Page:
A rare opportunity for the Ashmolean


This portrait of a wealthy young woman with her little dog is an early work by Anthony van Dyck (1599–1641), signalling his ambition and brilliance. The painting has been on loan here for over ten years – there is nothing else like it in the Ashmolean.

We have an opportunity to acquire this portrait and some outstanding English silver, including the superb silver-gilt cup made for the politician, Sir Nicholas Bacon during the reign of Queen Elizabeth I. This rare piece of Tudor silver will transform our collection.



The total value of these works is around £15 million, but with the UK government’s Acceptance in Lieu (AIL) scheme the Ashmolean can acquire them if it raises just £500,000. We still need to raise £115,000 over the next 6 months to achieve our goal.

We are seeking support to ensure these important works are saved for the nation, so that they can continue to inspire visitors of all ages for many years to come.

For further information about how to support this acquisition, please contact the Development office:

  +44 (0)7557 205769


Anthony van Dyck (1599-1641) was one of the most important Flemish painters of the 17th century, after Peter Paul Rubens. An incredibly talented portraitist, his painting ‘Portrait of a Woman’ is an ambitious early work, presenting a richly dressed woman adorned with fine jewellery.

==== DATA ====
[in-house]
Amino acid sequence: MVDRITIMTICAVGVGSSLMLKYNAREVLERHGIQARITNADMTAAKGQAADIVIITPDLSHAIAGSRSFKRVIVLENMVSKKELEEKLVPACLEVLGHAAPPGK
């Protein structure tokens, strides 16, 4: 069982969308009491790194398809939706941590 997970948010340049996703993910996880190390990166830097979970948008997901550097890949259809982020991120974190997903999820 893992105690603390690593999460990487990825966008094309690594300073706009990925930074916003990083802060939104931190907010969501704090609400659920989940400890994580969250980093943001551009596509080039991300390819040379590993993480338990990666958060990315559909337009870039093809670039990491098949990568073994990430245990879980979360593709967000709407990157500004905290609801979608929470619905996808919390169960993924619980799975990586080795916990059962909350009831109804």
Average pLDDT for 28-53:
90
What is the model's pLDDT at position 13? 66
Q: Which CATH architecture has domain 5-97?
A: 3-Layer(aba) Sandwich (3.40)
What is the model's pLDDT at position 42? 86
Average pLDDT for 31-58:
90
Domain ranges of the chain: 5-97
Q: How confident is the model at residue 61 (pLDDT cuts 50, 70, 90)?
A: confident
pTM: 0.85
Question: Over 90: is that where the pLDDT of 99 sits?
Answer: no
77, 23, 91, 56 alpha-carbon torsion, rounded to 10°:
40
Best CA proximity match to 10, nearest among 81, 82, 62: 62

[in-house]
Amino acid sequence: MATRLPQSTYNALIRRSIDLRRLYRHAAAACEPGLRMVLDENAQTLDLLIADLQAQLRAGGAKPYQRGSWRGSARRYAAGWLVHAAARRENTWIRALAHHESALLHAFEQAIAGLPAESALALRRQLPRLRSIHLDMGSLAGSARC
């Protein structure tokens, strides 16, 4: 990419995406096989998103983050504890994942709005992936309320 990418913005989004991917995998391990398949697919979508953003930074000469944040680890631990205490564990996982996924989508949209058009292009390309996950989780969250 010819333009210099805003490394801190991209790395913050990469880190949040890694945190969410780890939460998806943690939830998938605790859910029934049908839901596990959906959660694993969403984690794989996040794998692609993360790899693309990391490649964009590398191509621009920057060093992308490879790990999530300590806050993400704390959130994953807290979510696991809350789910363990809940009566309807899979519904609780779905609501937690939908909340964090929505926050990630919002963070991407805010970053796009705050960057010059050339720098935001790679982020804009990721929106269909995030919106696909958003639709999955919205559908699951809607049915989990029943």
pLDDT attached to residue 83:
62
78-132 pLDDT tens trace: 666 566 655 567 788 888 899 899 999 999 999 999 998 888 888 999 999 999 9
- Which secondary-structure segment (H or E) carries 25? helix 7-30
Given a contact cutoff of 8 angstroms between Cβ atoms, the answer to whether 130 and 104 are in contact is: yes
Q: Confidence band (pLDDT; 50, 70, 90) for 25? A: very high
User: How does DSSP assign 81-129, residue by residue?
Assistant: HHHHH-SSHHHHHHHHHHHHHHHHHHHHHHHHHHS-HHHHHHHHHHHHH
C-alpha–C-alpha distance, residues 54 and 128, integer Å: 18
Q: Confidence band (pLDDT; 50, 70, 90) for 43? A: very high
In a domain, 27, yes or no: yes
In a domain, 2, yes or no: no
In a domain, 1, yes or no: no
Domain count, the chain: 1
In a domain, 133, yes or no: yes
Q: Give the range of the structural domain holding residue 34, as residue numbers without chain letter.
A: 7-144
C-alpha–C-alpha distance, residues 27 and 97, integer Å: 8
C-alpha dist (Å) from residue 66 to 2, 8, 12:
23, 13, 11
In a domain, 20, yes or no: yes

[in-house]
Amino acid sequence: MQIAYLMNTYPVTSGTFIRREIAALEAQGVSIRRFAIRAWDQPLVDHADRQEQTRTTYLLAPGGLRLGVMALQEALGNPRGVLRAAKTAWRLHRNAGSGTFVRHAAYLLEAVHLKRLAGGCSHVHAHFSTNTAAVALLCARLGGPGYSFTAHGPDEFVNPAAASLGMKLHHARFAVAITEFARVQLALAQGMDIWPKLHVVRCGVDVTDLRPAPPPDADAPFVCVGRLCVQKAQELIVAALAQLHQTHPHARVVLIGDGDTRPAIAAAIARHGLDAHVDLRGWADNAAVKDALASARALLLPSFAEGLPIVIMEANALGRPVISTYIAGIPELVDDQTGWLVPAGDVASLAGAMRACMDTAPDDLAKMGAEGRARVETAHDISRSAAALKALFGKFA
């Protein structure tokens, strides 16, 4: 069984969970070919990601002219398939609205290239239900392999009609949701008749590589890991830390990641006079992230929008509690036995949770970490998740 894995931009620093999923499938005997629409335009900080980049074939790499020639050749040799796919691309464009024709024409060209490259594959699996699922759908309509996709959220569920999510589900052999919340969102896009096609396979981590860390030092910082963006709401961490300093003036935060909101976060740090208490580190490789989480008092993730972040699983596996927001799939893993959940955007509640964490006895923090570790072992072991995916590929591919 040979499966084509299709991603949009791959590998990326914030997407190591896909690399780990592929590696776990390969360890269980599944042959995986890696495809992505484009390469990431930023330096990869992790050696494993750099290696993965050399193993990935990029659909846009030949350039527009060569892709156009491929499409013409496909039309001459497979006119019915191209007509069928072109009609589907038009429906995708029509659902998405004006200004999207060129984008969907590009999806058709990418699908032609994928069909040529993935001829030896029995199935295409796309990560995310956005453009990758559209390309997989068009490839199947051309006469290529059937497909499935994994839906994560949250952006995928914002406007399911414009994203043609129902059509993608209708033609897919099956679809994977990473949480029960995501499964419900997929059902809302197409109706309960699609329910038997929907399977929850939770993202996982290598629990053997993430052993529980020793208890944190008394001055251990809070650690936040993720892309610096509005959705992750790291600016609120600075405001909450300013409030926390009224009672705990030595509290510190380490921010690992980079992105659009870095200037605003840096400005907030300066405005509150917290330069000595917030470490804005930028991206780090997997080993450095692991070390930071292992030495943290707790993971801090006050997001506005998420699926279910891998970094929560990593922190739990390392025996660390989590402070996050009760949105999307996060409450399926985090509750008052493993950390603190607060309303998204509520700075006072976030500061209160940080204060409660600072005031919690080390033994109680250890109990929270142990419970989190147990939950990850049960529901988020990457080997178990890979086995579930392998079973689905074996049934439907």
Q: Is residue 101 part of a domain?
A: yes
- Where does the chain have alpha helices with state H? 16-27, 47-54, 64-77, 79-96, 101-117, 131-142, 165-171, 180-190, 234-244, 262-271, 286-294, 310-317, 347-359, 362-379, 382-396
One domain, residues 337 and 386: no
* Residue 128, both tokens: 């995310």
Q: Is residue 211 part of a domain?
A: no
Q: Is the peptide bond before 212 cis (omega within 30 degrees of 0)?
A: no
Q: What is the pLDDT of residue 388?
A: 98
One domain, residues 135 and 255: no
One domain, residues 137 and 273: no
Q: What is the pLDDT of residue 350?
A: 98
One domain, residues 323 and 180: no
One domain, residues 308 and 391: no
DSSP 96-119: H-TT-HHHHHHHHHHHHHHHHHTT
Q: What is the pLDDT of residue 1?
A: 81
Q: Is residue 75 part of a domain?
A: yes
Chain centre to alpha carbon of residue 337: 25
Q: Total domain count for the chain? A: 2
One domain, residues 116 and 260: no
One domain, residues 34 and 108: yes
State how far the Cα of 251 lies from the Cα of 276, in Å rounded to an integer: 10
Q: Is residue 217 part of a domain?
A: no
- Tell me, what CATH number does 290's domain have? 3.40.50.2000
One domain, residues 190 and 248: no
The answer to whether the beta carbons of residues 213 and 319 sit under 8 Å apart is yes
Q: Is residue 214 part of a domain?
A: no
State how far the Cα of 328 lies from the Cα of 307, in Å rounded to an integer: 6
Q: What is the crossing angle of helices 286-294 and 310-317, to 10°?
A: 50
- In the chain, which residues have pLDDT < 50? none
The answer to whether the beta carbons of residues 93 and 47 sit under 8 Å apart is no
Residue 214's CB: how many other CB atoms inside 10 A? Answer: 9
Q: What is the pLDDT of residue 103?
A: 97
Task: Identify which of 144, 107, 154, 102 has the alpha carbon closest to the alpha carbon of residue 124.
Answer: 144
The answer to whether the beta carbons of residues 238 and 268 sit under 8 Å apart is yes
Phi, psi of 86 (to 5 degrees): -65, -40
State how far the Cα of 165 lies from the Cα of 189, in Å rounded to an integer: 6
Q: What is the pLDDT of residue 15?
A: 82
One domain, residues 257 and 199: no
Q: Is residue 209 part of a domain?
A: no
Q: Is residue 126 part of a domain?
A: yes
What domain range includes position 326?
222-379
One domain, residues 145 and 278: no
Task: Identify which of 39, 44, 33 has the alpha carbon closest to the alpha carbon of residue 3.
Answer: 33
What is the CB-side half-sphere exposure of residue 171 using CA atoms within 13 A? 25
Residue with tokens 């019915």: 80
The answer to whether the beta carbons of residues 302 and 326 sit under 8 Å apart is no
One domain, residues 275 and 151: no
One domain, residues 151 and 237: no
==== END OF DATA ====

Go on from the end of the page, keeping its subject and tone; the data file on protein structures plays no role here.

Painted around 1618-20, the portrait is a wedding portrait and the companion piece of her husband, now identified as a member of the Vinck family of prosperous Antwerp merchants who traded in luxury goods, has survived too.

The two portraits were only separated in 1829 with the male portrait now in the Koninklijk Museum voor Schone Kunsten, Antwerp.

The couple are rare examples of full-length portraits by Van Dyck in his First Antwerp Period (1618-1621) before he left for England and Italy, a format usually reserved for royalty and nobility.


Painting of a seated woman who is wearing a ruff, with a small dog at her feet and with a draped red cloth behind her

Anthony van Dyck, Portrait of a Woman


The Cassel Silver group is made up of 9 outstanding pieces of 16th-18th century silver, including the celebrated Bacon Cup and a selection of other remarkable silver including ‘The Blacksmiths’ Cup’ - a Commonwealth silver standing cup - and a pair of 17th-century silver-gilt ginger jars and covers.

The silver gilt cup and cover, known as the Bacon Cup, is one of three made for English politician Sir Nicholas Bacon (1510-79) from the Great Seal of Queen Mary I of England and her consort Philip II of Spain. The cup was made by Affabel Partridge, goldsmith to Queen Elizabeth I and one of the foremost London craftsmen.

The bowl of the cup is engraved with the arms and motto of Sir Nicholas; the family crest, and a boar – a pun on the name Bacon – forms the finial, hence the ‘Bacon Cup’. The cup is amongst the few surviving examples of late 16th-century London hallmarked silver and, with its connections to the Courts of Queens Elizabeth I and Mary I, is a historically important work which perfectly demonstrates the goldsmiths’ art of the Tudor period.

The Bacon Cup is part of the remarkable collection of Sir Ernest Cassel, a German-born banker who, after emigrating to the UK in 1869, rose to become King Edward VII’s financial adviser and trusted friend. Cassel was a pioneering collector of historic English silver and his exceptional collection was comparatively little known in his lifetime. However it was later recognised for its rarity, splendour and importance.

A gold-coloured cup and lid, with a small pig figure perched on the very top

The Bacon Cup, Affabel Partridge

A tall silver goblet with decorated stem and a crest stamped on the cup

The Blacksmiths' Cup

An ornate jar and lid, with a leaf pattern all over

Ginger Jar, Thomas Jenkins